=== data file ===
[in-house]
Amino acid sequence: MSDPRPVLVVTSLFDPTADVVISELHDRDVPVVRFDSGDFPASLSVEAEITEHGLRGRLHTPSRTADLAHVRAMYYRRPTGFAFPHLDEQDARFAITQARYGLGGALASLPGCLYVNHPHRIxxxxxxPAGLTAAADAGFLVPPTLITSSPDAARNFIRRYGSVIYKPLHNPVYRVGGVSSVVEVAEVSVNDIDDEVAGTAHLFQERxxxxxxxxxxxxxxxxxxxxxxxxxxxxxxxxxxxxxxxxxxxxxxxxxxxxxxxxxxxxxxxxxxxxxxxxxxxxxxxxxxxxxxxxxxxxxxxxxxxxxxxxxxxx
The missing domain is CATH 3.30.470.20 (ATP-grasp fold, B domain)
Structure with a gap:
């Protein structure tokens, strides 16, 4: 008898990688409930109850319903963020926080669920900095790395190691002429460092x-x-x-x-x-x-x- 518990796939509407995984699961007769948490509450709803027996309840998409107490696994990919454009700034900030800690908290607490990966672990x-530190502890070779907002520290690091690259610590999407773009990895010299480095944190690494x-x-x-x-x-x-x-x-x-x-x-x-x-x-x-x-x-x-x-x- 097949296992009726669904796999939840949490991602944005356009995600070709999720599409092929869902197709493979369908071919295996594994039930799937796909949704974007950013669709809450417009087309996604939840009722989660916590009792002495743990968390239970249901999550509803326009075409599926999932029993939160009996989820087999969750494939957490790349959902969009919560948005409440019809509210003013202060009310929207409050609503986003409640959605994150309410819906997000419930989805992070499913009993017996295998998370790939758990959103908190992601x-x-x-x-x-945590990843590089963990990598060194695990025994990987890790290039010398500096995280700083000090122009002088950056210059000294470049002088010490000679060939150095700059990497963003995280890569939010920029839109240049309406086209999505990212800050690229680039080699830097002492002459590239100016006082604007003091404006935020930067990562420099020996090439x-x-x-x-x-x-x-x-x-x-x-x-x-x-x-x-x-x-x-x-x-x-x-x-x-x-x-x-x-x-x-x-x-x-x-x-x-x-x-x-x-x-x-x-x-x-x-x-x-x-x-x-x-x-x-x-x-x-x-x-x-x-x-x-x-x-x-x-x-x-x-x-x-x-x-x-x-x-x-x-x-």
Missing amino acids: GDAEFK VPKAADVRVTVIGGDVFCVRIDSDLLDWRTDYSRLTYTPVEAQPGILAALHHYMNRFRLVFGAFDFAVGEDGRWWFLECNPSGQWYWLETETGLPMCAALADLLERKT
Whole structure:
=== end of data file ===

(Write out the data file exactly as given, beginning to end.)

[in-house]
Amino acid sequence: MSDPRPVLVVTSLFDPTADVVISELHDRDVPVVRFDSGDFPASLSVEAEITEHGLRGRLHTPSRTADLAHVRAMYYRRPTGFAFPHLDEQDARFAITQARYGLGGALASLPGCLYVNHPHRIxxxxxxPAGLTAAADAGFLVPPTLITSSPDAARNFIRRYGSVIYKPLHNPVYRVGGVSSVVEVAEVSVNDIDDEVAGTAHLFQERxxxxxxxxxxxxxxxxxxxxxxxxxxxxxxxxxxxxxxxxxxxxxxxxxxxxxxxxxxxxxxxxxxxxxxxxxxxxxxxxxxxxxxxxxxxxxxxxxxxxxxxxxxxx
The missing domain is CATH 3.30.470.20 (ATP-grasp fold, B domain)
Structure with a gap:
């Protein structure tokens, strides 16, 4: 008898990688409930109850319903963020926080669920900095790395190691002429460092x-x-x-x-x-x-x- 518990796939509407995984699961007769948490509450709803027996309840998409107490696994990919454009700034900030800690908290607490990966672990x-530190502890070779907002520290690091690259610590999407773009990895010299480095944190690494x-x-x-x-x-x-x-x-x-x-x-x-x-x-x-x-x-x-x-x- 097949296992009726669904796999939840949490991602944005356009995600070709999720599409092929869902197709493979369908071919295996594994039930799937796909949704974007950013669709809450417009087309996604939840009722989660916590009792002495743990968390239970249901999550509803326009075409599926999932029993939160009996989820087999969750494939957490790349959902969009919560948005409440019809509210003013202060009310929207409050609503986003409640959605994150309410819906997000419930989805992070499913009993017996295998998370790939758990959103908190992601x-x-x-x-x-945590990843590089963990990598060194695990025994990987890790290039010398500096995280700083000090122009002088950056210059000294470049002088010490000679060939150095700059990497963003995280890569939010920029839109240049309406086209999505990212800050690229680039080699830097002492002459590239100016006082604007003091404006935020930067990562420099020996090439x-x-x-x-x-x-x-x-x-x-x-x-x-x-x-x-x-x-x-x-x-x-x-x-x-x-x-x-x-x-x-x-x-x-x-x-x-x-x-x-x-x-x-x-x-x-x-x-x-x-x-x-x-x-x-x-x-x-x-x-x-x-x-x-x-x-x-x-x-x-x-x-x-x-x-x-x-x-x-x-x-």
Missing amino acids: GDAEFK VPKAADVRVTVIGGDVFCVRIDSDLLDWRTDYSRLTYTPVEAQPGILAALHHYMNRFRLVFGAFDFAVGEDGRWWFLECNPSGQWYWLETETGLPMCAALADLLERKT
Whole structure: